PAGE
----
Last week was an awesome week for digital measurement, especially if you were in San Francisco. The week started with a resurgent Webtrends, kicking off their Streams product at their annual Engage user conference, and ended with what is undoubtedly the largest gathering of tag management users and wonks in the industry at Ensighten Agility. Both were great events, exceptionally well run throughout, and my team and I were honored to be invited to present and participate in both.
While both conferences had great speakers, and I certainly learned a ton throughout the week, one of the most interesting presentations I saw was from Charlene Li of the Altimeter Group. I have never met Charlene but knowing a few of her analysts and her reputation I have a profound respect for both her knowledge and her business acumen. Demystified and Altimeter are alike in many ways — we even collaborated on a measurement piece a few years back — and so I find myself watching Mrs. Li and the growth of her firm for clues about what Demystified should do next.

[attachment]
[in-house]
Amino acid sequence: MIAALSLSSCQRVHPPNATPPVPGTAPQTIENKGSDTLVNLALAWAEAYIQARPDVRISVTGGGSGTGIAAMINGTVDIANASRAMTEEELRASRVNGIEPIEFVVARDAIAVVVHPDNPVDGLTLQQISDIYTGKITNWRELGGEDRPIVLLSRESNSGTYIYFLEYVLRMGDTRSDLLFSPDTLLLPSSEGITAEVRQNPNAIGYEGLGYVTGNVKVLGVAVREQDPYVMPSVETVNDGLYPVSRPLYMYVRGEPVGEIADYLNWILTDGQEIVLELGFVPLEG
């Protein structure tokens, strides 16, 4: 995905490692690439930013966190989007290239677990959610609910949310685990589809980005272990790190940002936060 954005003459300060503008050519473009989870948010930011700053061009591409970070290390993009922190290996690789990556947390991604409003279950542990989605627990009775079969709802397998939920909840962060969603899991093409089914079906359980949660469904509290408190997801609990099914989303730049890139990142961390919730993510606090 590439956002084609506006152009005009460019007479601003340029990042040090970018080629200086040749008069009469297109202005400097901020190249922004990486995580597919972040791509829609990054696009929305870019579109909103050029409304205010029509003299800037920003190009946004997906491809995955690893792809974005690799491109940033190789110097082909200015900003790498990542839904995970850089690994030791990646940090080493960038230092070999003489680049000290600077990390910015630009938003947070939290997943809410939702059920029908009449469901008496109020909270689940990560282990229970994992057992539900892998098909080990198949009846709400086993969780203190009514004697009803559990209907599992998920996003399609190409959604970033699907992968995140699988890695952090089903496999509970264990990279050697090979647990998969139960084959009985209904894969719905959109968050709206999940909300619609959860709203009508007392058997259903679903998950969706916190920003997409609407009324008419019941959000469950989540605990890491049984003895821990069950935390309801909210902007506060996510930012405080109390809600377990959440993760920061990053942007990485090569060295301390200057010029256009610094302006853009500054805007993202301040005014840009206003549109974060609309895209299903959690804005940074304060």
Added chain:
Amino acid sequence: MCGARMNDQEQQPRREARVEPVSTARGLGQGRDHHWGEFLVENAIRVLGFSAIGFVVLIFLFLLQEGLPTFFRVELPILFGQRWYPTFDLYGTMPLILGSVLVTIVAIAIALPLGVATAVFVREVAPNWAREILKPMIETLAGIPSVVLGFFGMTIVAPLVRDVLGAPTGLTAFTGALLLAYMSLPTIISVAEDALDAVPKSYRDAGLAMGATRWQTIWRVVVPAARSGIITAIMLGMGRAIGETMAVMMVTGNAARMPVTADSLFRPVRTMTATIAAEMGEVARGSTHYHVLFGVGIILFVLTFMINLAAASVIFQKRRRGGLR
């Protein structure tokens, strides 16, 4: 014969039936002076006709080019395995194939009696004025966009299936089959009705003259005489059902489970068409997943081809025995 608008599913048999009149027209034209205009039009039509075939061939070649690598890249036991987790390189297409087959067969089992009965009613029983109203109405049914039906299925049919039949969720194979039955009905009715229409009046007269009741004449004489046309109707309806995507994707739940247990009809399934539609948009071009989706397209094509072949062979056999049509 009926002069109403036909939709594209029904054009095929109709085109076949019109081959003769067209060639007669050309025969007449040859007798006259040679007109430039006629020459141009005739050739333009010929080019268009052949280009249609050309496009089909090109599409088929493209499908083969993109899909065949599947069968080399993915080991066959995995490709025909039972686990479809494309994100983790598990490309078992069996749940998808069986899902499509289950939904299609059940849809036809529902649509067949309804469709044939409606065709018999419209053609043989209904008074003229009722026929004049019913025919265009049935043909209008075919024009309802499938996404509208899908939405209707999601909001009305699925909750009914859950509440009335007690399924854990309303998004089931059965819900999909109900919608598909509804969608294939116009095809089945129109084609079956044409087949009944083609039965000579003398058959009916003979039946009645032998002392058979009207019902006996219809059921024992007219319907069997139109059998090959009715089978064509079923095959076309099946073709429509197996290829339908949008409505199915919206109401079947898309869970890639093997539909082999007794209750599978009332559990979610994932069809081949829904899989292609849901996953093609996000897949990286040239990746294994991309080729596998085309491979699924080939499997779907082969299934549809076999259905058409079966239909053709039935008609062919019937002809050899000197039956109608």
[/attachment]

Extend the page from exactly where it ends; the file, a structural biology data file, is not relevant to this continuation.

One thing that Charlene said last week really stuck with me for a few days after her talk — the idea that “Social is like air”. I won’t do Charlene justice but you can read her thoughts in the Washington Times and the relevant piece is this (emphasis mine):
“I believe that in the future, social media will be like air – it will be anywhere and everywhere we want and need it to be. We’ve already seen the progression of this over the past five years, with Facebook Platform and APIs enabling social media features and content to be embedded in any application, in any mobile device application.”
Now I certainly don’t disagree that social media has and will continue to explode, becoming near ubiquitous from a platform perspective. Based on the past five years growth in social networks, and especially if you live in or near the Silicon Valley, one gets the sense that if you’re not investing like crazy in social that, well, something is simply wrong with you. So yes, I can definitely see how Mrs. Li would think that “social media will be like air” sometime in the coming future …
But for today, social media is like coffee.